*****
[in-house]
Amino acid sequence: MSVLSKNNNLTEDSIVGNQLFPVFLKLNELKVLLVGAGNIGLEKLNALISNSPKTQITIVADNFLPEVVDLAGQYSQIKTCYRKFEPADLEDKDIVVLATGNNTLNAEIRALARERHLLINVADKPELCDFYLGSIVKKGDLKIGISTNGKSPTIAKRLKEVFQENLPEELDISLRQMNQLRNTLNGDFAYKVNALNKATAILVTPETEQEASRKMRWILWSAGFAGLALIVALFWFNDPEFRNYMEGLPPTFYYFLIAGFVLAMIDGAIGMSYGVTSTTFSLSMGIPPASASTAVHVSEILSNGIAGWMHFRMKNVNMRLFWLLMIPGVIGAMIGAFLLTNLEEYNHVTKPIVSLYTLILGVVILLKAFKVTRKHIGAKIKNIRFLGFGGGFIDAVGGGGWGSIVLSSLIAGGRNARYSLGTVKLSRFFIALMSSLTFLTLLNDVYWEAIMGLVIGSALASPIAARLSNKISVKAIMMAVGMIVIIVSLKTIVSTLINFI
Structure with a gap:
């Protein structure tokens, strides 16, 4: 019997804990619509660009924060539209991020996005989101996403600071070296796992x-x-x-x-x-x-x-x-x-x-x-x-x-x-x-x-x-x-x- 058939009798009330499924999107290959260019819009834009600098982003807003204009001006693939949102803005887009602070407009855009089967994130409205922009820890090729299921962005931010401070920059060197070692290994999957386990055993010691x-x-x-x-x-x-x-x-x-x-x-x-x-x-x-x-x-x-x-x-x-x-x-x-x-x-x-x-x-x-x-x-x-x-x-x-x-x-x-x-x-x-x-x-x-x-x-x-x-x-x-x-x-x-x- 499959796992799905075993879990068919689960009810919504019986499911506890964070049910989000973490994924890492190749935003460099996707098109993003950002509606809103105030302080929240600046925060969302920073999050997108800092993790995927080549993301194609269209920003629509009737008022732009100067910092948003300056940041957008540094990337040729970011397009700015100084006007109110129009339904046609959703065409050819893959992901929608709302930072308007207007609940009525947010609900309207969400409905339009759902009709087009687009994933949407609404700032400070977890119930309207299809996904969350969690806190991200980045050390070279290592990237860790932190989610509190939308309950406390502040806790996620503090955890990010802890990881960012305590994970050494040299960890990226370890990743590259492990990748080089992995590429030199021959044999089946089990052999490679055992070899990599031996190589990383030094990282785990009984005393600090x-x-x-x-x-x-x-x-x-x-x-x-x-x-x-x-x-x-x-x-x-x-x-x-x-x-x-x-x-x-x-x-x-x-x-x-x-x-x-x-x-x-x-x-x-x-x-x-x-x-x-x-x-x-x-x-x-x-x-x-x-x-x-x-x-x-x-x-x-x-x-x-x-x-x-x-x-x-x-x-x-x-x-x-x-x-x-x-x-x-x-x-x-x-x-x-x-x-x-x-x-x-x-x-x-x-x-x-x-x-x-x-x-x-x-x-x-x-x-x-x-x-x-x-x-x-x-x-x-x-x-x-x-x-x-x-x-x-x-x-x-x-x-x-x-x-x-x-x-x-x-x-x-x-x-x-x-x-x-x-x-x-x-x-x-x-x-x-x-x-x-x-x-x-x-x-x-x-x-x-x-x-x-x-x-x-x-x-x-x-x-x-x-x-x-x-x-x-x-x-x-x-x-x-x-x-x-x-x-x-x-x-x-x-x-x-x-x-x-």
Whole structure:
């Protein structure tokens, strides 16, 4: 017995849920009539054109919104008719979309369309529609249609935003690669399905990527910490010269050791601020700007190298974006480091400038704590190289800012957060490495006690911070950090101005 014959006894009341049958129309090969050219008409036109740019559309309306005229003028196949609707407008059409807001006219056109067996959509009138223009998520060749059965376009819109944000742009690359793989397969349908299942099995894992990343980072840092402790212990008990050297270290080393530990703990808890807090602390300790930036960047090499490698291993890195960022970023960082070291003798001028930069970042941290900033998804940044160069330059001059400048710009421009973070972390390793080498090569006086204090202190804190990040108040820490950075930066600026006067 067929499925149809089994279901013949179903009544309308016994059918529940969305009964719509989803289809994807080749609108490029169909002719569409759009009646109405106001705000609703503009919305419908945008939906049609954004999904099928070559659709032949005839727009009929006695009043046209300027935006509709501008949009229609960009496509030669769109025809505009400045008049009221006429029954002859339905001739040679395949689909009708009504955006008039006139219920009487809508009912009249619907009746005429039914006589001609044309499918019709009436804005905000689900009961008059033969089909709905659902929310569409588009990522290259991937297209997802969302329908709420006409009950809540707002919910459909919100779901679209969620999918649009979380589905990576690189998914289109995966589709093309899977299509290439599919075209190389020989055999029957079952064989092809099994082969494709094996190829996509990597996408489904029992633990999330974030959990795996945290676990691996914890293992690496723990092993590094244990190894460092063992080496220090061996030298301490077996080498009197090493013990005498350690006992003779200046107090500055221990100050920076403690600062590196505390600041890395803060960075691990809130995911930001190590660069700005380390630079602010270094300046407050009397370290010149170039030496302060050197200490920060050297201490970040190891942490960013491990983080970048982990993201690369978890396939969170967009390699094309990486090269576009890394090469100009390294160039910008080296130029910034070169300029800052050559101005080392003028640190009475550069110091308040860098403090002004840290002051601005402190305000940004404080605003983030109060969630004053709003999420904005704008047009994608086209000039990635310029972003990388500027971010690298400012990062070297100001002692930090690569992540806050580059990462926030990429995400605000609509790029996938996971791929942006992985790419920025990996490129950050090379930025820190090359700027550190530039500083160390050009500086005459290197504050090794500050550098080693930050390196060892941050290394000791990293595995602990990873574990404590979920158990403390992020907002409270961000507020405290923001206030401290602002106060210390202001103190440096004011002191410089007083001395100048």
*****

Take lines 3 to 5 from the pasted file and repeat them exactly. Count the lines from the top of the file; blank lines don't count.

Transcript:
Structure with a gap:
């Protein structure tokens, strides 16, 4: 019997804990619509660009924060539209991020996005989101996403600071070296796992x-x-x-x-x-x-x-x-x-x-x-x-x-x-x-x-x-x-x- 058939009798009330499924999107290959260019819009834009600098982003807003204009001006693939949102803005887009602070407009855009089967994130409205922009820890090729299921962005931010401070920059060197070692290994999957386990055993010691x-x-x-x-x-x-x-x-x-x-x-x-x-x-x-x-x-x-x-x-x-x-x-x-x-x-x-x-x-x-x-x-x-x-x-x-x-x-x-x-x-x-x-x-x-x-x-x-x-x-x-x-x-x-x- 499959796992799905075993879990068919689960009810919504019986499911506890964070049910989000973490994924890492190749935003460099996707098109993003950002509606809103105030302080929240600046925060969302920073999050997108800092993790995927080549993301194609269209920003629509009737008022732009100067910092948003300056940041957008540094990337040729970011397009700015100084006007109110129009339904046609959703065409050819893959992901929608709302930072308007207007609940009525947010609900309207969400409905339009759902009709087009687009994933949407609404700032400070977890119930309207299809996904969350969690806190991200980045050390070279290592990237860790932190989610509190939308309950406390502040806790996620503090955890990010802890990881960012305590994970050494040299960890990226370890990743590259492990990748080089992995590429030199021959044999089946089990052999490679055992070899990599031996190589990383030094990282785990009984005393600090x-x-x-x-x-x-x-x-x-x-x-x-x-x-x-x-x-x-x-x-x-x-x-x-x-x-x-x-x-x-x-x-x-x-x-x-x-x-x-x-x-x-x-x-x-x-x-x-x-x-x-x-x-x-x-x-x-x-x-x-x-x-x-x-x-x-x-x-x-x-x-x-x-x-x-x-x-x-x-x-x-x-x-x-x-x-x-x-x-x-x-x-x-x-x-x-x-x-x-x-x-x-x-x-x-x-x-x-x-x-x-x-x-x-x-x-x-x-x-x-x-x-x-x-x-x-x-x-x-x-x-x-x-x-x-x-x-x-x-x-x-x-x-x-x-x-x-x-x-x-x-x-x-x-x-x-x-x-x-x-x-x-x-x-x-x-x-x-x-x-x-x-x-x-x-x-x-x-x-x-x-x-x-x-x-x-x-x-x-x-x-x-x-x-x-x-x-x-x-x-x-x-x-x-x-x-x-x-x-x-x-x-x-x-x-x-x-x-x-």
Whole structure: